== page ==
If you live in a less temperate climate, like New England, you may have recently noticed that the nights are getting chilly. It’s time to go through your closets, pull out those sweaters, and possibly shop for a new pair of boots. Good luck with that.
My favorite thing to do, when I return home on a chilly fall night, is to pull on a pair of socks. For me, there is nothing like their soft, cottony warmth after a long day in hosiery. I only wish my socks returned my ardor.
A couple weeks ago, I retired my flip flops and called my socks back from their summer vacation. The problem with socks is that they never want to come back from summer vacation. I think many teachers must feel the same way at the end of the summer; however, they can usually be relied upon to put down their summer reading, store away their beach chairs, and spruce up their classrooms. Then again, teachers collect a pay check. The only thing socks collect is dead skin cells. Perhaps this explains their saturnine personas and selective hearing. While socks have no problem hearing the phrase “Summer Vacation”, they do not seem to recognize the phrase “Summer’s Over”.
My socks wouldn’t emerge from my drawer of their own volition. I had to hunt them down and pull them, one by one, from the tangled nest they had constructed in the dark recesses of my bureau.
I lined them up and addressed them like the little foot soldiers they are.
Well looky what we got all up in here. A bunch of soft, girly socks! Did you have a nice summer off, socks? Did you enjoy lounging in my drawers? Did you get all rested up? I hope so, cause it is fall now, bitches, and Momma’s home. This year is going to be a little different, you hear me? I am not buying new socks every other week just because 7 of you decide to hitch hike to Orlando in the neighbor’s suitcase. You are not even close to retirement age, and Florida doesn’t need the burden of unnecessary footwear. They have enough problems with pythons. In addition, I expect to find you available and hole-free whenever you are on call. And you are always on call. There will be no workers comp for injured socks this year. I’m wearing you anyway, but first I will stick needles in you, over and over again, and infiltrate your holiness with cotton reinforcements. And you clever socks? The ones who like to divide and conquer? Listen closely: I will destroy you. I will hunt you down and turn you into sock puppets. I will clean my bathroom with you. This ain’t no democracy, socks. This is my house and you serve at my pleasure. Do we understand each other?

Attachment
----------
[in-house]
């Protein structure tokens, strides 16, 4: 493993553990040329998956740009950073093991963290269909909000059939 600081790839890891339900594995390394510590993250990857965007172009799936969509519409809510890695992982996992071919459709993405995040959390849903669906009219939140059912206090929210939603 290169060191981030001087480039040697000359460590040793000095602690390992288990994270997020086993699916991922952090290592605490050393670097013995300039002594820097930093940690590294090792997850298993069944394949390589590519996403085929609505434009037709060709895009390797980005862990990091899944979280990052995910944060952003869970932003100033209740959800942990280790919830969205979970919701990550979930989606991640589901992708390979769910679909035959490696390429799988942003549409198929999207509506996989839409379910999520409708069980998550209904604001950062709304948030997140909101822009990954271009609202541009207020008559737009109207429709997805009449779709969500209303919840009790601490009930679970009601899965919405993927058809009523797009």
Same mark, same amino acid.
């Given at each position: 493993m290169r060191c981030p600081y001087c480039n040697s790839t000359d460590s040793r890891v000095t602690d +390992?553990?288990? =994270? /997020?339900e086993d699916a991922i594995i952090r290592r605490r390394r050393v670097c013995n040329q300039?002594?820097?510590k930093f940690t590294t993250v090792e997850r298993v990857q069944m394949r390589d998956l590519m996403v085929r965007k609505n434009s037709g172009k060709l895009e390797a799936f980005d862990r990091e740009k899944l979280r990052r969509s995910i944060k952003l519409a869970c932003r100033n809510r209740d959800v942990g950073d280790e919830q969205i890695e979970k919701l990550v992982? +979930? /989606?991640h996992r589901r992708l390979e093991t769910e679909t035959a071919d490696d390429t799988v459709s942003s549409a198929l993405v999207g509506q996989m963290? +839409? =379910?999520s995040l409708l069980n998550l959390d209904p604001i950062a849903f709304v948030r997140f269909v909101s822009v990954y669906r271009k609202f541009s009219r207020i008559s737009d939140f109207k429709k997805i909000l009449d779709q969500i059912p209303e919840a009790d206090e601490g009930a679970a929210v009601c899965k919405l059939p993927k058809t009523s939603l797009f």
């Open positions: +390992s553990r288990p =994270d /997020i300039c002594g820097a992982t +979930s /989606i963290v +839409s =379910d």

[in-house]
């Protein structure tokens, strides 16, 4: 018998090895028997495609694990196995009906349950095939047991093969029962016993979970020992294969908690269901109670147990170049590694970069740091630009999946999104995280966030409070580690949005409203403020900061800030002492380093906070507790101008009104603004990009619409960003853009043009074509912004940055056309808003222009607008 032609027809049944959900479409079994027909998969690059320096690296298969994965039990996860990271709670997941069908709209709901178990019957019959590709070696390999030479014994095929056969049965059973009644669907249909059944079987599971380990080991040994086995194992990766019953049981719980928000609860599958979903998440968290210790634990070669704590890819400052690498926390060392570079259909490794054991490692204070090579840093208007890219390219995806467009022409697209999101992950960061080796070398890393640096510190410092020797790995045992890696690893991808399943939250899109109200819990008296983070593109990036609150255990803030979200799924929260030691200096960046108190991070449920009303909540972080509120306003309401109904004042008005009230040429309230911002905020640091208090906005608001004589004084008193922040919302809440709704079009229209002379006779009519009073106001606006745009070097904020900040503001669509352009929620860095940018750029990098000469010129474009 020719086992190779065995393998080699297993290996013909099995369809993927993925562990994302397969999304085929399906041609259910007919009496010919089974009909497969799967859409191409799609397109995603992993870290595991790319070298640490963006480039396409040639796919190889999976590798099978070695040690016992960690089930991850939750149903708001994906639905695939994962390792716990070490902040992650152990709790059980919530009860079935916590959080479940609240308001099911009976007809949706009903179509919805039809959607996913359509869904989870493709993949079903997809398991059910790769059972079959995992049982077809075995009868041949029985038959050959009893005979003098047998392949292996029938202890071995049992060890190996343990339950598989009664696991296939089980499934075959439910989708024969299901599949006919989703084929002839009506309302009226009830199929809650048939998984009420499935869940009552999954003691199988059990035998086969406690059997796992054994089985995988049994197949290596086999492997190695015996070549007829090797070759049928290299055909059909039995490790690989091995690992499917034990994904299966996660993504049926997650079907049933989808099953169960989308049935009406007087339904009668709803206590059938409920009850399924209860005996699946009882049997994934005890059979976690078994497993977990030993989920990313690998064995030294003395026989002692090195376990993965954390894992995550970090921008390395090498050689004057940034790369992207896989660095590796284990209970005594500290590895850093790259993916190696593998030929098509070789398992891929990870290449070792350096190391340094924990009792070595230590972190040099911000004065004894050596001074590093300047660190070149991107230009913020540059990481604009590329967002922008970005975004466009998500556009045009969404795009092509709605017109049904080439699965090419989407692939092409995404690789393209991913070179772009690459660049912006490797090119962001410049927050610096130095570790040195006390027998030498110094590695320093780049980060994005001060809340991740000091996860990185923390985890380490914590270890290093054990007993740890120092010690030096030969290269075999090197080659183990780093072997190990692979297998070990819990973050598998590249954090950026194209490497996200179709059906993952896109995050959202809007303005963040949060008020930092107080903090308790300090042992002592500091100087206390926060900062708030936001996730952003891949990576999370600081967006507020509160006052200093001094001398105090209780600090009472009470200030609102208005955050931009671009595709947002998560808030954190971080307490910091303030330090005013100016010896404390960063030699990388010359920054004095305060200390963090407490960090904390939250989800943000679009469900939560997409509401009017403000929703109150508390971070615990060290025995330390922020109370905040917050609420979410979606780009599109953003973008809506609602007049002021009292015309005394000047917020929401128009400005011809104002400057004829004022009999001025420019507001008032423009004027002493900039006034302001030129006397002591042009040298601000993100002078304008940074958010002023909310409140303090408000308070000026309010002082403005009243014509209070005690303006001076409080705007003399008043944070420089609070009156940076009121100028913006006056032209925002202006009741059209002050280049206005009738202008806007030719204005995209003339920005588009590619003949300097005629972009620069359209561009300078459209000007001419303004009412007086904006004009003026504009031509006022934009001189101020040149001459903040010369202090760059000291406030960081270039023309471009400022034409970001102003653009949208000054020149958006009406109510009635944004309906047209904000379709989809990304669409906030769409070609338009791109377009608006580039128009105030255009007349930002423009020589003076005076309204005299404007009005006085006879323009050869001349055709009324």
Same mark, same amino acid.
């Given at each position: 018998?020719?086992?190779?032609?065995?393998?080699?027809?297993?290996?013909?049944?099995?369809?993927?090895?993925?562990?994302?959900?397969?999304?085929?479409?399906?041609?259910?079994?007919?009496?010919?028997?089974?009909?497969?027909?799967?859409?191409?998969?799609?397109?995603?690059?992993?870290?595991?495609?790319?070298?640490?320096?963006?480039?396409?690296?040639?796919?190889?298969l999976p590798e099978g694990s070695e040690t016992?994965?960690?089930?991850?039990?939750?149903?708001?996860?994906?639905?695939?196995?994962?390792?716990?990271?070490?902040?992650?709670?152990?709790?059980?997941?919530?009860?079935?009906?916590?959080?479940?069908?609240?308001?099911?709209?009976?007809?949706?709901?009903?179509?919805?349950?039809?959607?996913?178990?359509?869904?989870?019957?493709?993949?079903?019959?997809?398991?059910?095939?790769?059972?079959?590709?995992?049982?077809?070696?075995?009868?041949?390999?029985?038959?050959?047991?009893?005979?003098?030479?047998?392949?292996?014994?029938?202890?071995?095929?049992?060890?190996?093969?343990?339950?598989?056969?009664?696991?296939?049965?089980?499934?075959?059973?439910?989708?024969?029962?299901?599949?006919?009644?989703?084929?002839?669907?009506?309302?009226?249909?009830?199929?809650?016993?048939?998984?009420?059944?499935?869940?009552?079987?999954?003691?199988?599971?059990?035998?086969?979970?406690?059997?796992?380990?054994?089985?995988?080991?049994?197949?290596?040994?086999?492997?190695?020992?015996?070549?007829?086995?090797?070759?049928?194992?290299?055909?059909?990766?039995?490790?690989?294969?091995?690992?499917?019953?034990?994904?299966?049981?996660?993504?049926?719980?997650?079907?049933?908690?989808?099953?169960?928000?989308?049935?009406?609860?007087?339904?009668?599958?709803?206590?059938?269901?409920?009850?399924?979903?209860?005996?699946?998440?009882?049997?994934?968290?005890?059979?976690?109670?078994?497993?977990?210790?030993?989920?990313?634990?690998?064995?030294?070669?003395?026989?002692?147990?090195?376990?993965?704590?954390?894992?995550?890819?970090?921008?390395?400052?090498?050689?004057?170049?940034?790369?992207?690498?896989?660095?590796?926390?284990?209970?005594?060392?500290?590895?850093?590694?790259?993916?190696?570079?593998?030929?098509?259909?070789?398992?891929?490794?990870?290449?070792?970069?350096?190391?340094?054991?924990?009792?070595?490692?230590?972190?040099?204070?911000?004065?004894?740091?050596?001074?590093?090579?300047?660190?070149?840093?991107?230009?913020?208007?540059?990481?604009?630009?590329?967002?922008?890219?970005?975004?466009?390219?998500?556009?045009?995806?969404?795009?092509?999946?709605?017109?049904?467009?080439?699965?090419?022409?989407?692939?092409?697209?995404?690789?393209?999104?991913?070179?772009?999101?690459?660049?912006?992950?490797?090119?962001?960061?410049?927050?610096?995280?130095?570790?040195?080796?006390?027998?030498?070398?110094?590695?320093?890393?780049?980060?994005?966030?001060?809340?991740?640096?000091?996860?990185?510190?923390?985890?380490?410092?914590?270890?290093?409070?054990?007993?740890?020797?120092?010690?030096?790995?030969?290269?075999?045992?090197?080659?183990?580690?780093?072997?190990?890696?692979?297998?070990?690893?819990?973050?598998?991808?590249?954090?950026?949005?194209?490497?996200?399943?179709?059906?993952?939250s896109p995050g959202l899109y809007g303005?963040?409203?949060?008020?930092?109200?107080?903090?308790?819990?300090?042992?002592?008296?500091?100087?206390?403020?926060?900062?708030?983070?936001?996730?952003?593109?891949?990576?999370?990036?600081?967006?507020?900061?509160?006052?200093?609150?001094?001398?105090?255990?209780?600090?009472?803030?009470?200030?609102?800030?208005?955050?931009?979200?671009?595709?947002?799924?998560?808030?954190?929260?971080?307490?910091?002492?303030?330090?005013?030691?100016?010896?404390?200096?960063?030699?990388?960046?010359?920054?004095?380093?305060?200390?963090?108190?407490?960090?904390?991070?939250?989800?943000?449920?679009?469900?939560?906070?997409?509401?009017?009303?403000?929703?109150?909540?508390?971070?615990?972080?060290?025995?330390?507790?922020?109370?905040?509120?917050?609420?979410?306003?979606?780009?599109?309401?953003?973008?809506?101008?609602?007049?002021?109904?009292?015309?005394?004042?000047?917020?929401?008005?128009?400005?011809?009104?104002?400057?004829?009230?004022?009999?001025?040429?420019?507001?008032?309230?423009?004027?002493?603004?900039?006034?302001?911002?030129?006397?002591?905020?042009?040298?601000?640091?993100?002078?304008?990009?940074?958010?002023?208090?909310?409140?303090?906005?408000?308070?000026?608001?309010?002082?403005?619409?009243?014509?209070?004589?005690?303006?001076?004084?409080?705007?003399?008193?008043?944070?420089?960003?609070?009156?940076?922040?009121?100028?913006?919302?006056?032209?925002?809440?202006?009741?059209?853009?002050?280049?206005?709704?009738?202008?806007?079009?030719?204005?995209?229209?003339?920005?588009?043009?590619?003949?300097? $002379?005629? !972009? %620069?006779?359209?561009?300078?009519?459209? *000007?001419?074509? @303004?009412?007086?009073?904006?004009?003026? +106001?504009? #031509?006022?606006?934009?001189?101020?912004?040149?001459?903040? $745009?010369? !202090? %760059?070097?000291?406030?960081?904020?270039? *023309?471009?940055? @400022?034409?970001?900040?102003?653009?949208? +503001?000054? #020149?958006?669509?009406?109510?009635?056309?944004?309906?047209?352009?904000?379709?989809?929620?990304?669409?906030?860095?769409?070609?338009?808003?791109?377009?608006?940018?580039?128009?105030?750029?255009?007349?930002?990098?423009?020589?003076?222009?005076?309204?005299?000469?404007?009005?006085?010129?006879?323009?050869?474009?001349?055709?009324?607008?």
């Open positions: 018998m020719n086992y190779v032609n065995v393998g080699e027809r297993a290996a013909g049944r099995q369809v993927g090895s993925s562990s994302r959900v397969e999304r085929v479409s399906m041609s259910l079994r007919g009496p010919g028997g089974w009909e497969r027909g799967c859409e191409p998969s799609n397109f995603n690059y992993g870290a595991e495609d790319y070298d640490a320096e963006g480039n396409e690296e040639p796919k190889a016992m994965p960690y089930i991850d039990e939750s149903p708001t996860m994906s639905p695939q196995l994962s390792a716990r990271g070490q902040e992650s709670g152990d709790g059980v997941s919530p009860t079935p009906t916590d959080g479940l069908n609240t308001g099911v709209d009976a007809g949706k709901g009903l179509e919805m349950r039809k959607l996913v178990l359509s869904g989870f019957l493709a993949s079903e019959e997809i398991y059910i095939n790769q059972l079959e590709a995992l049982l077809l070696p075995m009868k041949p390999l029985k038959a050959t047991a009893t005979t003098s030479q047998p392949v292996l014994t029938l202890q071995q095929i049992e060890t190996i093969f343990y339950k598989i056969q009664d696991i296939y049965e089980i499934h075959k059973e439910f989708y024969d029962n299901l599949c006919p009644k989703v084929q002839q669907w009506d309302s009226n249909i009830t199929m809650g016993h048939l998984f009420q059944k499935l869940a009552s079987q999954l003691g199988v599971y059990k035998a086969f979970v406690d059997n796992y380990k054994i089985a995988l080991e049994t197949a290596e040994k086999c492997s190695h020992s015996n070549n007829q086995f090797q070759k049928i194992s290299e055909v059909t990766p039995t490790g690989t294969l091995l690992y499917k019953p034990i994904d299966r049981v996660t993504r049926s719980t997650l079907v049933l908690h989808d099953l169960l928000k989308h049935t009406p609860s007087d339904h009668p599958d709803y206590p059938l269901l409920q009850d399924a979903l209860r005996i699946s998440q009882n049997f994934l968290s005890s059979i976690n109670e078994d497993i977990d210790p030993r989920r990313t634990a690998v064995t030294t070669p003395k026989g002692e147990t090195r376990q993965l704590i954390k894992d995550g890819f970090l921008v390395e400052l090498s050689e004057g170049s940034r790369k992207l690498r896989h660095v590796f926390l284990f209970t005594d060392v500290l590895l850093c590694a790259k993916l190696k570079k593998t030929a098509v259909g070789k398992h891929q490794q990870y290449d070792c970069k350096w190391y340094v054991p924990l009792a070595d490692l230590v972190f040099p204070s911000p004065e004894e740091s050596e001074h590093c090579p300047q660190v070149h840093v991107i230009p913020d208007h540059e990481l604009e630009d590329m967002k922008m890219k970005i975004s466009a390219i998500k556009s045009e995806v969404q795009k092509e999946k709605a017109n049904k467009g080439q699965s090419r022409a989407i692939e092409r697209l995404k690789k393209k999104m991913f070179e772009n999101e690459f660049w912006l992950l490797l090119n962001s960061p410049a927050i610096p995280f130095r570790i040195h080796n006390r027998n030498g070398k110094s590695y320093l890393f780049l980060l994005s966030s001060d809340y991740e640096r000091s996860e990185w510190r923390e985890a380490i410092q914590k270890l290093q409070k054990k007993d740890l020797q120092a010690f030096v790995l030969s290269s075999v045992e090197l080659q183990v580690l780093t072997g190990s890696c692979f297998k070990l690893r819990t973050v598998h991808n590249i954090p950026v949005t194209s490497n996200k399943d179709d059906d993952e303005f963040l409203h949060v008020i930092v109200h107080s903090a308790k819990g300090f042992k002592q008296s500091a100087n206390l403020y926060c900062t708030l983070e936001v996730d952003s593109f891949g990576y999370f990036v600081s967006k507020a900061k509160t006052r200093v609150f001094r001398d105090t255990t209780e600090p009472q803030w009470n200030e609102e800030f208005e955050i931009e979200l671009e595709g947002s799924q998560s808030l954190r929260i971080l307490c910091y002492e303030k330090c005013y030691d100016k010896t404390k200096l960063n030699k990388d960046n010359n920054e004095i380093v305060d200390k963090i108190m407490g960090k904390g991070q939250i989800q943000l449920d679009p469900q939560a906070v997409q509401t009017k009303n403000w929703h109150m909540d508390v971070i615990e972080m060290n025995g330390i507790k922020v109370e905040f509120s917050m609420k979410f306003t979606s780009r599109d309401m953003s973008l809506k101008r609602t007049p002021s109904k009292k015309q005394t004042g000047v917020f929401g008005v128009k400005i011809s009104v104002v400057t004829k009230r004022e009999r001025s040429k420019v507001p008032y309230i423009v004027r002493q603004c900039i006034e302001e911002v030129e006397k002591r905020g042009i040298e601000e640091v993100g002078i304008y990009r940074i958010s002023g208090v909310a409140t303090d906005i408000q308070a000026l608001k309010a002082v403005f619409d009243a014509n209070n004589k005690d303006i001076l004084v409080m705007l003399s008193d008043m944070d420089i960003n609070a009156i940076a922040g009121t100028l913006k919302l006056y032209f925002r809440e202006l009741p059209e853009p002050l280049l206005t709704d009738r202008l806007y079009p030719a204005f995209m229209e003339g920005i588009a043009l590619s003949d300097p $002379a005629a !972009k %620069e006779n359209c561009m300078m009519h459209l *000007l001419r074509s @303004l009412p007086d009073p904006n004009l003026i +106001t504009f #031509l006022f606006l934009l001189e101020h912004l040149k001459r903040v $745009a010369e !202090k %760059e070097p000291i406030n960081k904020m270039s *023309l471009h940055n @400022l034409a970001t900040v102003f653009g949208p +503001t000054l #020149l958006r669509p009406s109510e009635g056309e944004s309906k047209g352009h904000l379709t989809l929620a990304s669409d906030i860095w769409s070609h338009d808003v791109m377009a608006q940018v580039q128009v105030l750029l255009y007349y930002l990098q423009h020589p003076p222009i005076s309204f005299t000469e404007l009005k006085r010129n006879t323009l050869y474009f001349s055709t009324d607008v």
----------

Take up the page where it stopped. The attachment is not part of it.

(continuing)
Socks are okay, but you have to let them know who’s boss; otherwise, it is two against one all day long.
Of course, socks hate this imbalance of power. You can’t really blame them. In their minds, you are one mouthy head, obviously inferior to a pair, and they can’t help but wonder how they ended up on the bottom of this equation, stuck between your feet and a hard place. They are constantly trying to unionize or plan a mutiny. Luckily for us, they are divided among themselves and find it difficult to agree on a cohesive plan of action. They will try all kinds of things to escape indentured service, including shrinking to barbie doll size, escaping through dryer vents, and committing harikari on that nail head sticking out of the floor in your hallway….
I feel sad for socks sometimes, but if it comes down to socks or my cold feet, my cold feet are going to win every time. Succumb socks. Or pay the price of betrayal.
|Ha. Take that socks! By the way, does this remind anyone of Hyperbole and a Half?